Complete the circle
By George Evans
I presume many of you are enjoying your Thanksgiving leftovers as your paper arrives on Friday or Saturday after the Thursday holiday. What a great secular feast to celebrate with family and friends, particularly those from out of town. Food abounds to the point of excess. Perhaps wine is chosen to help wash down and digest what is eaten.
Patriotism fills the air – pilgrims and Indians and the early days of this special country and the blessings which have seen America grow and prosper perhaps more than any other country in the world.
Because of the traditional atmosphere in America we not only thank family and friends but also the God of our belief. There may be a few less believers than in the past (at least that’s what we are told), but those who know God as their creator and friend experience a very special gratitude at Thanksgiving as they reach for one more piece of turkey or one more spoon of dressing, green bean casserole, baked sweet potato with marshmallow topping, or cranberry just to make it all better.
As we think of how blessed we are because of America’s seemingly special place in the world, the conversation around the table may divert for a while to the problems of hurricanes, floods, power outages, terrorist attacks and inconceivable mass killings. Someone may even ask God to do something about all that and remind us that we have been faithful to providing a great meal to all the homeless folks at Gateway and other soup kitchens and food banks and doubling our contributions to our favorite charities such as St. Vincent de Paul and Catholic Charities or any number of other worthwhile organizations. There may even be a strong supporter of Catholic Relief Services or Bread for the World who chimes in.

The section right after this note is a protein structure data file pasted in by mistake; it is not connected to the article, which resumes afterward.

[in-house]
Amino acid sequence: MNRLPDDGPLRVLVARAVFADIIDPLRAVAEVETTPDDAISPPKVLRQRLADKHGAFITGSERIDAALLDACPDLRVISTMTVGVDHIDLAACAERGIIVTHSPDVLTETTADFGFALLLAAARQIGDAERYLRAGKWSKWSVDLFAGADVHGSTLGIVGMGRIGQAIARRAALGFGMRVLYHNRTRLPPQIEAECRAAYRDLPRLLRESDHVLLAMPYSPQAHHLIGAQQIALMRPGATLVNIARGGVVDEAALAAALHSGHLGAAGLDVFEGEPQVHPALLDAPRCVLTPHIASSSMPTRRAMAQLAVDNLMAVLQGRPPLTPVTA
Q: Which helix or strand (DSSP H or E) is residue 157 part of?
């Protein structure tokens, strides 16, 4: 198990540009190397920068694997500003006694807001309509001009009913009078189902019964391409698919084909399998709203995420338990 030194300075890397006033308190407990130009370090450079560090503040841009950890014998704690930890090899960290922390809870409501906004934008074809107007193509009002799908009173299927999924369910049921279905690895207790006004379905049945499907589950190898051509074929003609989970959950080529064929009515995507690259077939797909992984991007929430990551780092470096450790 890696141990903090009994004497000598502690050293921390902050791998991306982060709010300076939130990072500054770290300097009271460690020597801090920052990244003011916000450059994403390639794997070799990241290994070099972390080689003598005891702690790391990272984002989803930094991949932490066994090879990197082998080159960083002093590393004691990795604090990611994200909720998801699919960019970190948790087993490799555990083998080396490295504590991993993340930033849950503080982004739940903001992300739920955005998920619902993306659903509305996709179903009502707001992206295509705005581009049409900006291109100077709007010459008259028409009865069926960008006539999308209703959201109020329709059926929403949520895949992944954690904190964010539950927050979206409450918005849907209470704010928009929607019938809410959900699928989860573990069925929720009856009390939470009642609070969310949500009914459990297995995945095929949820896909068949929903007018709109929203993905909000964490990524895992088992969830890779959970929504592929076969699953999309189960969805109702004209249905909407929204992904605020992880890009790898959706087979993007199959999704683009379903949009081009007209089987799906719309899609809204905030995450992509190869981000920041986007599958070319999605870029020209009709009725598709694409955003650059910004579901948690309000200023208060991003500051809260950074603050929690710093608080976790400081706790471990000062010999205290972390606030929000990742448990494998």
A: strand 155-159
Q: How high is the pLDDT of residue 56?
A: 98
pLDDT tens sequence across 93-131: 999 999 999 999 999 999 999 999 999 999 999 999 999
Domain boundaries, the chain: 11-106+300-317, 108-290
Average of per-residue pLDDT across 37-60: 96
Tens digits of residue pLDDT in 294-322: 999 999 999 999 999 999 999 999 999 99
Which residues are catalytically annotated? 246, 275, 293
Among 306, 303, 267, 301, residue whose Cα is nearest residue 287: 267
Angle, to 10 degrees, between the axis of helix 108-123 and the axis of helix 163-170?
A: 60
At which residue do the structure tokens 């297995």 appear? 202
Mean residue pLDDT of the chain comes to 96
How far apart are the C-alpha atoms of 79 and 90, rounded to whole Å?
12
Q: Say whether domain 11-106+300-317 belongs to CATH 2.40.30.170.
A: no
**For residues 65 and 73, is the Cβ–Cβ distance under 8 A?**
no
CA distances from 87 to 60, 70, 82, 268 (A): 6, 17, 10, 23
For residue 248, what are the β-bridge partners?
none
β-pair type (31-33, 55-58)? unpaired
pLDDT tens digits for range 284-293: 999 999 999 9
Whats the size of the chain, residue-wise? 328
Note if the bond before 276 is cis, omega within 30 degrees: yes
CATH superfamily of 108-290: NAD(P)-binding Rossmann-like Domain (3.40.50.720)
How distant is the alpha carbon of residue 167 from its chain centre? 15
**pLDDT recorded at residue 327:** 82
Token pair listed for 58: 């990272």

About the time pecan pie, apple pie or ice cream is served with coffee, the absolute disaster on the national political scene is broached. After some wailing and gnashing of teeth and some cries for impeachment of Trump or indictment of crooked Hillary, the group decides that’s a little too big for us to solve but it sure needs God’s help even more than hurricanes, floods and terrorists.
We end our secular feast of Thanksgiving by deciding that what we need is more spiritual. We need to ask God’s involvement to increase rather than decrease (more prayer for him to send the Spirit to make each of us better). We need to read the Gospels more receptively and to follow them, even the tough parts about reaching out to the poor, vulnerable and those who are widows, orphans and refugees. Next year maybe we should invite some folks from the highways and byways to dinner with us and see what they can add as St. Luke and Pope Francis suggest.
We love America and our family and friends so much we want to save it. To do so, I think we better embrace the whole world around us by loving as Jesus taught us to love before its too late.
(George Evans is a retired attorney and pastoral minister. He lives in Madison and attends Jackson St. Richard Parish.)